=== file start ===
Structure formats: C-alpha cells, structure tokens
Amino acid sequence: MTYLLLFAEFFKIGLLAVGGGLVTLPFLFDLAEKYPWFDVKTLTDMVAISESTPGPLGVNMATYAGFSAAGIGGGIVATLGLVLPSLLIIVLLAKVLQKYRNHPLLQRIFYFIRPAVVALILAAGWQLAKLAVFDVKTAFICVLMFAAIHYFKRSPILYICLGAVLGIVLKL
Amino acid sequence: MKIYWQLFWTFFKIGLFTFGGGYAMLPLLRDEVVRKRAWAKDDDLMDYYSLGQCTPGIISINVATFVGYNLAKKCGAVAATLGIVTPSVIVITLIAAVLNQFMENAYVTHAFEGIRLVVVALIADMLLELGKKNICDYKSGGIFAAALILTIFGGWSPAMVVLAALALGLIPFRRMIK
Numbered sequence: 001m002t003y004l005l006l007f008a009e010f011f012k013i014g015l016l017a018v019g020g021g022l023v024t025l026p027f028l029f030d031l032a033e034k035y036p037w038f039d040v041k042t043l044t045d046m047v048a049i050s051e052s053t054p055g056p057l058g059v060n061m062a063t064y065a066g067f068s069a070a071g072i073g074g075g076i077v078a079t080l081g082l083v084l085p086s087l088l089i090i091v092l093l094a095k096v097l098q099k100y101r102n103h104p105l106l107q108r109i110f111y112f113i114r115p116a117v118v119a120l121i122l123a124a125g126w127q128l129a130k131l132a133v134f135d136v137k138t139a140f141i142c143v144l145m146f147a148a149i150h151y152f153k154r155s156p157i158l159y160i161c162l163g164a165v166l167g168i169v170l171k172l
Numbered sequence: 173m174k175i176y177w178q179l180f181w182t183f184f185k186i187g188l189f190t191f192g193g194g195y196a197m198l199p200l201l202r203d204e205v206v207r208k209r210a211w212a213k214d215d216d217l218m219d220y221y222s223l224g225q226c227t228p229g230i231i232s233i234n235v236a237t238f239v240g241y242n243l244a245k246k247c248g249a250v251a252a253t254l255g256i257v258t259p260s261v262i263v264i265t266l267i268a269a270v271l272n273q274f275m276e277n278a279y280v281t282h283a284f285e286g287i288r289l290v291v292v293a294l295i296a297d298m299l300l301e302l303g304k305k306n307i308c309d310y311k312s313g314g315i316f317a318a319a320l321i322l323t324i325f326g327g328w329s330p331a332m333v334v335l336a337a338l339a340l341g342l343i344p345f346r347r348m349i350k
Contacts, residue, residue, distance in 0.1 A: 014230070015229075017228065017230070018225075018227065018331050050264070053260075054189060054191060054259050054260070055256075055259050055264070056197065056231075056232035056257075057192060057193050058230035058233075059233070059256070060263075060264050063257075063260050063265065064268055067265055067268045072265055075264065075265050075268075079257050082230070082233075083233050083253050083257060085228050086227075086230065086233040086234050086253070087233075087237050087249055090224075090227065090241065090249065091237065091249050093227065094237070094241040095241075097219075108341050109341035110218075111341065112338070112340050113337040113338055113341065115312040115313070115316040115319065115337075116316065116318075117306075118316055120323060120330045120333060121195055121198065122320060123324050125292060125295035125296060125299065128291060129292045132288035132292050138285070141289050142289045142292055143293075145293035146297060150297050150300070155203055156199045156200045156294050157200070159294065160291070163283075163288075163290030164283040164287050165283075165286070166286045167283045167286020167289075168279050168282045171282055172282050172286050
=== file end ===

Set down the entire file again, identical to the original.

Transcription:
Structure formats: C-alpha cells, structure tokens
Amino acid sequence: MTYLLLFAEFFKIGLLAVGGGLVTLPFLFDLAEKYPWFDVKTLTDMVAISESTPGPLGVNMATYAGFSAAGIGGGIVATLGLVLPSLLIIVLLAKVLQKYRNHPLLQRIFYFIRPAVVALILAAGWQLAKLAVFDVKTAFICVLMFAAIHYFKRSPILYICLGAVLGIVLKL
Amino acid sequence: MKIYWQLFWTFFKIGLFTFGGGYAMLPLLRDEVVRKRAWAKDDDLMDYYSLGQCTPGIISINVATFVGYNLAKKCGAVAATLGIVTPSVIVITLIAAVLNQFMENAYVTHAFEGIRLVVVALIADMLLELGKKNICDYKSGGIFAAALILTIFGGWSPAMVVLAALALGLIPFRRMIK
Numbered sequence: 001m002t003y004l005l006l007f008a009e010f011f012k013i014g015l016l017a018v019g020g021g022l023v024t025l026p027f028l029f030d031l032a033e034k035y036p037w038f039d040v041k042t043l044t045d046m047v048a049i050s051e052s053t054p055g056p057l058g059v060n061m062a063t064y065a066g067f068s069a070a071g072i073g074g075g076i077v078a079t080l081g082l083v084l085p086s087l088l089i090i091v092l093l094a095k096v097l098q099k100y101r102n103h104p105l106l107q108r109i110f111y112f113i114r115p116a117v118v119a120l121i122l123a124a125g126w127q128l129a130k131l132a133v134f135d136v137k138t139a140f141i142c143v144l145m146f147a148a149i150h151y152f153k154r155s156p157i158l159y160i161c162l163g164a165v166l167g168i169v170l171k172l
Numbered sequence: 173m174k175i176y177w178q179l180f181w182t183f184f185k186i187g188l189f190t191f192g193g194g195y196a197m198l199p200l201l202r203d204e205v206v207r208k209r210a211w212a213k214d215d216d217l218m219d220y221y222s223l224g225q226c227t228p229g230i231i232s233i234n235v236a237t238f239v240g241y242n243l244a245k246k247c248g249a250v251a252a253t254l255g256i257v258t259p260s261v262i263v264i265t266l267i268a269a270v271l272n273q274f275m276e277n278a279y280v281t282h283a284f285e286g287i288r289l290v291v292v293a294l295i296a297d298m299l300l301e302l303g304k305k306n307i308c309d310y311k312s313g314g315i316f317a318a319a320l321i322l323t324i325f326g327g328w329s330p331a332m333v334v335l336a337a338l339a340l341g342l343i344p345f346r347r348m349i350k
Contacts, residue, residue, distance in 0.1 A: 014230070015229075017228065017230070018225075018227065018331050050264070053260075054189060054191060054259050054260070055256075055259050055264070056197065056231075056232035056257075057192060057193050058230035058233075059233070059256070060263075060264050063257075063260050063265065064268055067265055067268045072265055075264065075265050075268075079257050082230070082233075083233050083253050083257060085228050086227075086230065086233040086234050086253070087233075087237050087249055090224075090227065090241065090249065091237065091249050093227065094237070094241040095241075097219075108341050109341035110218075111341065112338070112340050113337040113338055113341065115312040115313070115316040115319065115337075116316065116318075117306075118316055120323060120330045120333060121195055121198065122320060123324050125292060125295035125296060125299065128291060129292045132288035132292050138285070141289050142289045142292055143293075145293035146297060150297050150300070155203055156199045156200045156294050157200070159294065160291070163283075163288075163290030164283040164287050165283075165286070166286045167283045167286020167289075168279050168282045171282055172282050172286050